St. Jeanne La Pucelle was born in Domremy, a small village of Champagne, on the Feast of the Epiphany, January 6, 1412, to Jacques d’Arc, her father, a peasant farmer who was a leader in his community, and to Isabelle, her devout mother. Isabelle taught Joan her Catholic Faith and her prayers. Joan was a pious young person, who loved to pray and receive the Sacraments, Penance and the Holy Eucharist. She was very kind, having cared for individuals who were sick and helping people who were wanderers, offering them her bed so that they might rest. She enjoyed her childhood and was most proficient with the household chores, wherein she loved to sew and spin. Joan said, “I fear no woman in Rouen at sewing and spinning.”
Joan lived in the throes of the Hundred Years War. King Henry V of England invaded France, took over Normandy and claimed the crown of Charles VI of France. To make matters worse, there was also a civil war between the Duke of Burgundy and his allies and Orleans. The Duke was murdered and thereafter, the Burgundians allied themselves with the English. France was literally falling apart, with town after town falling to the English and/or the Burgundians. In the meantime, the new individual who should be king, was Charles VII, known as the Dauphin; he did little to help France’s dire situation.
When Joan was 13 years of age, Joan saw St. Michael the Archangel, who comforted her and told her not to be afraid. She then saw Sts. Catherine and Margaret, telling her about her mission from the King of Heaven, to save France advising her that she must lead the army of France. Joan stated in testimony:
“When I was thirteen, I had a voice from God to help me to govern myself. The first time, I was terrified. The voice came to me about noon: it was summer, and I was in my father’s garden. I had not fasted the day before. I heard the voice on my right hand, towards the church. There was a great light all about.
I vowed then to keep my virginity for as long as it should please God.
I saw it many times before I knew that it was Saint Michael. Afterwards, he taught me and showed me such things that I knew that it was he.
He was not alone, but duly attended by heavenly angels. I saw them with the eyes of my body as well as I see you. And when they left me, I wept,and I wished that they might have taken me with them. And I kissed the ground where they had stood, to do them reverence.
Above all, St. Michael told me that I must be a good child, and that God would help me. He taught me to behave rightly and to go often to church. He said that I would have to go into France.
He told me that St. Catherine and St. Margaret would come to me, and that I must follow their counsel; that they were appointed to guide and counsel me in what I had to do, and that I must believe what they would tell me, for it was at Our Lord’s command.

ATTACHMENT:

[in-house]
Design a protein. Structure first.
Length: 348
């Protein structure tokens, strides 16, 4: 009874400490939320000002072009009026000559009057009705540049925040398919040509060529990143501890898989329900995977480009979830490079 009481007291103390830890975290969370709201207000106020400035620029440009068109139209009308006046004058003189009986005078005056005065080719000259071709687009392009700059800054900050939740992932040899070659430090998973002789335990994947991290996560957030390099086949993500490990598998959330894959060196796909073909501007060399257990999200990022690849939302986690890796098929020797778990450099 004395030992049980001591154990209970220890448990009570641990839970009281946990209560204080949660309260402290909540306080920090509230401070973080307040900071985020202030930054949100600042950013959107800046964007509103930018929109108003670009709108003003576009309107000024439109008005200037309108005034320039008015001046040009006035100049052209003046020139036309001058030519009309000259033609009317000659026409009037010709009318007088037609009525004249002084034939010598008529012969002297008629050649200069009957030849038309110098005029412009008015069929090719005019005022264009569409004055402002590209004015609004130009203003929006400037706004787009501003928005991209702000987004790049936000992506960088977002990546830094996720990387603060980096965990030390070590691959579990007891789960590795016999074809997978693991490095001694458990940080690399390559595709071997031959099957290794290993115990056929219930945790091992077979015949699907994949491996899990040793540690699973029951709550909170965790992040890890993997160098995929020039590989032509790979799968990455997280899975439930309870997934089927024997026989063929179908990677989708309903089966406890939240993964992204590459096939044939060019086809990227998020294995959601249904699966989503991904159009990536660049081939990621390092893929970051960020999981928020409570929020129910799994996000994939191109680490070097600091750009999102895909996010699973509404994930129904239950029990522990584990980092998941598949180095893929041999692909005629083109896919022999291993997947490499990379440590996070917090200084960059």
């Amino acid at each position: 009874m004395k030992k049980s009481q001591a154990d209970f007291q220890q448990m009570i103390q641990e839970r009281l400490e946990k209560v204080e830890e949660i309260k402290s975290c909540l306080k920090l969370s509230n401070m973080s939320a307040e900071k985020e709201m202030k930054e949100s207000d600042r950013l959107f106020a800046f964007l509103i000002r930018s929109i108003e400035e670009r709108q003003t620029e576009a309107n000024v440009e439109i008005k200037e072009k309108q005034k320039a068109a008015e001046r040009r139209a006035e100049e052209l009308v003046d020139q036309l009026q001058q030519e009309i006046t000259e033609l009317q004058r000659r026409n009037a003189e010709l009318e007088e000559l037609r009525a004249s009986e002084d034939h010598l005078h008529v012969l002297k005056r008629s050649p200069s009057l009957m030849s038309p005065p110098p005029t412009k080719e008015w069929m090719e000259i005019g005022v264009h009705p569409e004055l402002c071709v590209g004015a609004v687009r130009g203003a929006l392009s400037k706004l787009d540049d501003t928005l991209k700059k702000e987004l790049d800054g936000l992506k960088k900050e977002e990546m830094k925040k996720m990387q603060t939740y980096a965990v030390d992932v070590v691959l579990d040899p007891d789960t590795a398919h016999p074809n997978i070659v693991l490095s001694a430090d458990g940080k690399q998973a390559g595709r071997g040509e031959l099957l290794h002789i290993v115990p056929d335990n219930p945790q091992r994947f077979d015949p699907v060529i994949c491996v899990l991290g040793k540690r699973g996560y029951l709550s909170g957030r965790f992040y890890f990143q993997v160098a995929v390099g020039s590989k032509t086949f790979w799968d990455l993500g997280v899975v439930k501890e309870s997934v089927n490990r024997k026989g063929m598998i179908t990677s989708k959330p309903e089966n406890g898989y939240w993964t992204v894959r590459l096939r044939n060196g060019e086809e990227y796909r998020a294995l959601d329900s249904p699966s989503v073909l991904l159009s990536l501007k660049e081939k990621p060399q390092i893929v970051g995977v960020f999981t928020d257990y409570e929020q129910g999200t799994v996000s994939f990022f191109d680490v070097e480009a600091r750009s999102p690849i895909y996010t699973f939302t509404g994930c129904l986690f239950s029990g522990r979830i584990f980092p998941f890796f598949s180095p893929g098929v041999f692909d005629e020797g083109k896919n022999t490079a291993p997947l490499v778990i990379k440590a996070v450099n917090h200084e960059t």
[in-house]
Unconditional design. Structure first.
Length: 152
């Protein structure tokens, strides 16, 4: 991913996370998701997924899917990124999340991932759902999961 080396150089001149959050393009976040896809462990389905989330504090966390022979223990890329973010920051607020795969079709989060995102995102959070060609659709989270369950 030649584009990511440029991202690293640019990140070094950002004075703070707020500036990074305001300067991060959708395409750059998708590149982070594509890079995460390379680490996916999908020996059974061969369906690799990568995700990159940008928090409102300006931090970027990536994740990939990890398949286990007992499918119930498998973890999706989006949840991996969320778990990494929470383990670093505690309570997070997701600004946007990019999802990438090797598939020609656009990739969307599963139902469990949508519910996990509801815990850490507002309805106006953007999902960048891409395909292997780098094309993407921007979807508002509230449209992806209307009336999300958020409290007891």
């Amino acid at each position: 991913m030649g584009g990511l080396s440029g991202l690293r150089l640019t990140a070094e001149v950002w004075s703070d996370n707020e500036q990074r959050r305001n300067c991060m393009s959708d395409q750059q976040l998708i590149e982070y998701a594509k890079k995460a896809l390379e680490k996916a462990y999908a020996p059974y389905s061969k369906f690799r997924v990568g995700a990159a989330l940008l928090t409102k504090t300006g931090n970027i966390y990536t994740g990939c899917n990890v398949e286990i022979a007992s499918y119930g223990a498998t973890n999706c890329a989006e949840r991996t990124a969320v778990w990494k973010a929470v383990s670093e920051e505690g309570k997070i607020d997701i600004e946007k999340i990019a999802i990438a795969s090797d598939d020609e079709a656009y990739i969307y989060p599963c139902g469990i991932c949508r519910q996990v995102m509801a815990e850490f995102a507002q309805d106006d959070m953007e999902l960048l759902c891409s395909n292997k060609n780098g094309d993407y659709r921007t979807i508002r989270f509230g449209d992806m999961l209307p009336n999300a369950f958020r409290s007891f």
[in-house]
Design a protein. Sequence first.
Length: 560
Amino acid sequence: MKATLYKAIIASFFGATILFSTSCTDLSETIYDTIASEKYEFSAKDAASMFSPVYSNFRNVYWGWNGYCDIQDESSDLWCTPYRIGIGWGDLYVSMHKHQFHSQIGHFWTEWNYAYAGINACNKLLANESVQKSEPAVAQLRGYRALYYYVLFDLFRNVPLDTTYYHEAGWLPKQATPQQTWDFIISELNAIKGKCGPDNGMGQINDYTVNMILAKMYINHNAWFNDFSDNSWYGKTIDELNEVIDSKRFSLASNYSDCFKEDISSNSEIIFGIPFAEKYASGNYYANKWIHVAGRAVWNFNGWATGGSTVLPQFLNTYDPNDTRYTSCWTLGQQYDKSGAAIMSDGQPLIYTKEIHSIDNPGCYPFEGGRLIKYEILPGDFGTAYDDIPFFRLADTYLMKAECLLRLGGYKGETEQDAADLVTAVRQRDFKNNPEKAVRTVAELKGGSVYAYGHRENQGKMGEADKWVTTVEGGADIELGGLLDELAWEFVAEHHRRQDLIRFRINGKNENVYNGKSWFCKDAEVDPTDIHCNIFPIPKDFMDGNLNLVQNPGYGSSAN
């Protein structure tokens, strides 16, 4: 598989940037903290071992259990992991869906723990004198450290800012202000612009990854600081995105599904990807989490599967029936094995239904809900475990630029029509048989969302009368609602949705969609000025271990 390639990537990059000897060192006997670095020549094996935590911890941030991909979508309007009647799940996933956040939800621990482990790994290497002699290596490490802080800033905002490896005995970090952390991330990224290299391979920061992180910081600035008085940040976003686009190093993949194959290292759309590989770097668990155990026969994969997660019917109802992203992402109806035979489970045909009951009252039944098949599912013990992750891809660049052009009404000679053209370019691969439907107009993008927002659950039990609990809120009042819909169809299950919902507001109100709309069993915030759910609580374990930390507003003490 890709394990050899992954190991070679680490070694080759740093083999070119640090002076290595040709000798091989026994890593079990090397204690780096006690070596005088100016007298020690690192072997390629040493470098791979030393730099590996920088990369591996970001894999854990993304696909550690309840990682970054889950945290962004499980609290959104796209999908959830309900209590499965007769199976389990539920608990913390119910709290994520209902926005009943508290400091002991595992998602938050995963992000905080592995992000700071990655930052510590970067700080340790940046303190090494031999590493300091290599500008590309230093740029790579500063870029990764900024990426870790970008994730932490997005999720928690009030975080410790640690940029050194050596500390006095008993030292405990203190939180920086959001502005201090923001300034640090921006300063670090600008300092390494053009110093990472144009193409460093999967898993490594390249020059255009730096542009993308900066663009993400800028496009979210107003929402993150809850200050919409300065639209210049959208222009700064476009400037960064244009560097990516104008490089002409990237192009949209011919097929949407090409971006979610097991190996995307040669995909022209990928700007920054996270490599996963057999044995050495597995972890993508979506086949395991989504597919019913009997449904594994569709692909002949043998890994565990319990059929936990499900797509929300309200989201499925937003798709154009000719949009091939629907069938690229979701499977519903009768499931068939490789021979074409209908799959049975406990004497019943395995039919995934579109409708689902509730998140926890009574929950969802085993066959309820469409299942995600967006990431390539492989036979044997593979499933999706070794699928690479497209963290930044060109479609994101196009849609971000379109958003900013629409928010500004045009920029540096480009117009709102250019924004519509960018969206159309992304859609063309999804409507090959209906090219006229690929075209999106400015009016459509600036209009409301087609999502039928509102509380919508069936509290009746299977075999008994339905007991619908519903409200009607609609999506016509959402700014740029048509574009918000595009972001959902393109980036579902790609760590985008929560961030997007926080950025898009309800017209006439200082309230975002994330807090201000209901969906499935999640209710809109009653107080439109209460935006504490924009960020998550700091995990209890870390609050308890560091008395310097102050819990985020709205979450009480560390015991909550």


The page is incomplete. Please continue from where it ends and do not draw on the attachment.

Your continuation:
He told me the pitiful state of the Kingdom of France. And he told me that I must go to succour the King of France.
St. Catherine and St. Margaret had rich crowns on their heads. They spoke well and fairly, and their voices are beautiful-sweet and soft.
The name by which they often named me was Jehanne the Maid, child of God.
They told me that my King would be restored to his Kingdom, despite his enemies. They promised to lead me to Paradise, for that was what I asked of them.
Twice and thrice a week the voice told met hat I must depart and go into France.
And the voice said that I would raise the siege before Orleans. And it told me to go to Vaucouleurs, to Robert de Baudricourt, captain of the town, who would give me men to go with me.
And I answered the voice that I was a poor girl who knew nothing of riding and warfare.”
Joan went three times to speak to Robert de Baudricourt about the instructions she received from the King of Heaven. On the third occasion, Baudricourt listened to Joan, as a previous prediction she had made to him regarding a defeat for the French army came true. Accordingly, Baudricourt gave Joan an escort of three soldiers to protect her, to present herself to Charles VII. Joan travelled wearing the clothing of men and reached Chinon on March 6, 1429. The Dauphin disguised himself to see if Joan would be able to point him out amongst the other individuals in his Court. Of course, Joan identified the real Dauphin. She spoke with him in private and gave him a secret message told to her by her heavenly messengers, which convinced Chales that what Joan said was true. He gave her soldiers so that she could lead them towards the relief of Orleans. However, this decision came with opposition from some of the members of Charle’s court. Therefore, she was sent to Poitiers to be examined by a learned body of theologians. After extensive questions and a thorough investigation, these theologians found Joan to be pure and true, finding no fault with her. Indeed, they advised Charles to use this pure human being for the good of France.
After Joan returned to Chinon from Poitiers, she was equipped with an expeditionary force, and she was provided with white armor and other supplies, with a banner or standard which was Joan’s favorite possession. Upon the banner was a representation of God the Father to whom two kneeling angels were presenting a fleur-de-lis, with the writing upon it, “Jesus:Maria”.